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Setting up WordPress With WooCommerce on CentOS 6

Last Updated: Thu, Mar 30, 2017
Blogging CentOS Server Apps System Admin
Archived content

This article is outdated and may not work correctly for current operating systems or software.

Vultr instances are a great way to run your WordPress blog, but a more notable extension to WordPress is WooCommerce, an eCommerce plugin that extends the functionality of WordPress to allow you to sell products.


Generally, you will want to have at least a 4GB Vultr compute instance. This is because of the memory and processor constraints that lower instances carry, and a moderately sized store will require at least the suggested instance size. However, it is possible to run it on the 512MB plan, with optimizations that will be further discussed.

Step 1: Installing the web server and WordPress

In order to maximize performance, we will be using NGINX. WordPress and Nginx can be installed by launching a Vultr One-click WordPress app.

Once you've accomplished this, take note of the domain you'll be using and the IPv4 address of your WordPress app.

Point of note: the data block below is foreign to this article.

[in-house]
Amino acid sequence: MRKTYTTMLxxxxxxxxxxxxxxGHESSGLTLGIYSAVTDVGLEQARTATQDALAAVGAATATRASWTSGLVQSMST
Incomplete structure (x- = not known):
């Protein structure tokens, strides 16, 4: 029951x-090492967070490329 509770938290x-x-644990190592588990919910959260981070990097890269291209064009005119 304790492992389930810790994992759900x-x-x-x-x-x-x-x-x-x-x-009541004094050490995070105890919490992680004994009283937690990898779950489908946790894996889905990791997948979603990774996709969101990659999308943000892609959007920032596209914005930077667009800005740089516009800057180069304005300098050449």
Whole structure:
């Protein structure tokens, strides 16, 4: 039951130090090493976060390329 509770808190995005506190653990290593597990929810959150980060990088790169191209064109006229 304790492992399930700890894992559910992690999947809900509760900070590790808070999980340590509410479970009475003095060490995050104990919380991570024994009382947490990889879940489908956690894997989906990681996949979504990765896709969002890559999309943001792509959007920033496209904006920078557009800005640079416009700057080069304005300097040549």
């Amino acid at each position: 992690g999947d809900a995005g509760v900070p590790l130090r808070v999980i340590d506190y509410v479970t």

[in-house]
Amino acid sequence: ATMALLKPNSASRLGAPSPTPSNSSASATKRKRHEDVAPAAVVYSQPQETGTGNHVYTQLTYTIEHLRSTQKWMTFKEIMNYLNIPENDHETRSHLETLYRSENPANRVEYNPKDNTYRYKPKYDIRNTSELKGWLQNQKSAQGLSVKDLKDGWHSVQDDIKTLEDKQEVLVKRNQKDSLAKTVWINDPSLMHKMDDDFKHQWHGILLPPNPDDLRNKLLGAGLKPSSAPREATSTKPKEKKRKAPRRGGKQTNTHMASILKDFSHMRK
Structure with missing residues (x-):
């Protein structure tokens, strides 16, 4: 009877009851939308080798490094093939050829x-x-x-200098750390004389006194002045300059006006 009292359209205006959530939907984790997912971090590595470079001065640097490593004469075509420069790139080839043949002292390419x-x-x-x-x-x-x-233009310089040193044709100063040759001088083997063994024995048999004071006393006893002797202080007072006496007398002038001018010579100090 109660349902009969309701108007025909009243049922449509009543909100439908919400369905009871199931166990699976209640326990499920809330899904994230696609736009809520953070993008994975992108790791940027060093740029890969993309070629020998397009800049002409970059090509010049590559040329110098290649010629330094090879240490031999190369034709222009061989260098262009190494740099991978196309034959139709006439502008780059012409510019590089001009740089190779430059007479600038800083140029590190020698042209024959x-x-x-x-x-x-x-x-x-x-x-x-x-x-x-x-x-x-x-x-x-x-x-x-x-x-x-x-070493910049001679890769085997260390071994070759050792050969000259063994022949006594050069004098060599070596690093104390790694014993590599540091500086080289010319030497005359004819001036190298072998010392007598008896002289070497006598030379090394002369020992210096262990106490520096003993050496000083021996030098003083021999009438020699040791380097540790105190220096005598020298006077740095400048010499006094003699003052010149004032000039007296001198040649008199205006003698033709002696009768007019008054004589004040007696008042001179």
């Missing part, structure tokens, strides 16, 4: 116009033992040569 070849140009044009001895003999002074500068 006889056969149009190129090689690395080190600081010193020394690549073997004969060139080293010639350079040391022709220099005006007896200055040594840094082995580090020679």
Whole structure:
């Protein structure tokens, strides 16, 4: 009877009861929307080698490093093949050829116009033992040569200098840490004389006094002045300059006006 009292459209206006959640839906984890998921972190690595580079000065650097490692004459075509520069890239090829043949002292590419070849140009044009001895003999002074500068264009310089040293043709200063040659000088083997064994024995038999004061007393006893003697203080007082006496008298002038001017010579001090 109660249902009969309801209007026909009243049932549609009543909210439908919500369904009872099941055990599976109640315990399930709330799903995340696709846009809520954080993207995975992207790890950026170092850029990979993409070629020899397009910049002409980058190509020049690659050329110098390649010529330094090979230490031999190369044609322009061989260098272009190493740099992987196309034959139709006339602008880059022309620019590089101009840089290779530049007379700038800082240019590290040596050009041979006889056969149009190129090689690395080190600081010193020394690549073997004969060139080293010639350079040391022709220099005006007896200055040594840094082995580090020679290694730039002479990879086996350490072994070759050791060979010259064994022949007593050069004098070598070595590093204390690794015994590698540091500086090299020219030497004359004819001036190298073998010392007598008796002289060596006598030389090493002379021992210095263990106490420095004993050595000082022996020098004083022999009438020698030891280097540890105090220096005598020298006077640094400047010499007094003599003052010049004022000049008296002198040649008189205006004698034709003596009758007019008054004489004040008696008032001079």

Step 2: Optimizing NGINX for WooCommerce and WordPress

Take a look at the NGINX configuration with your favorite text editor: nano /etc/nginx/nginx.conf. Find the line worker_processes 1 and change it to the number of CPU cores allocated to your VPS. You can typically find this by typing cat /proc/cpuinfo | grep "processor" | wc -l, or taking a look at the instance size you chose.

Then, change worker_connections 1024 to the gigabytes of RAM multiplied by 256. On a 2GB instance, this would be 2*256 = 512 connections.

Save the configuration, then exit.

Step 3: Getting the WooCommerce plugin

In order to download the latest version of the plugin, you'll need to sign up for an account at WooCommerce. When you've signed up, you will be greeted with a small survey. Fill in the survey with your store details, then stop when you've reached step 6.

Locate the download button for the WooCommerce plugin. Right click the download button and copy the link.

Step 4: Installing WooCommerce into WordPress

On your instance, type in cd /var/www/html/wp-content/plugins to enter the WordPress plugin directory. Then, enter wget -O LINK_WE_COPIED_EARLIER, and unzip it:


Head over to the plugins section in your WordPress administrator area, and activate WooCommerce.

Step 5: Configuring WooCommerce

This is the part where you'll need to configure some products. This can be done with the products tab on the sidebar. If you'd like to extend the functionality of WooCommerce, click on the WooCommerce tab and you'll be able to manage its' extensions.


In this article, you created a WooCommerce shop on WordPress, using Vultr's one-click application installer. Happy selling!

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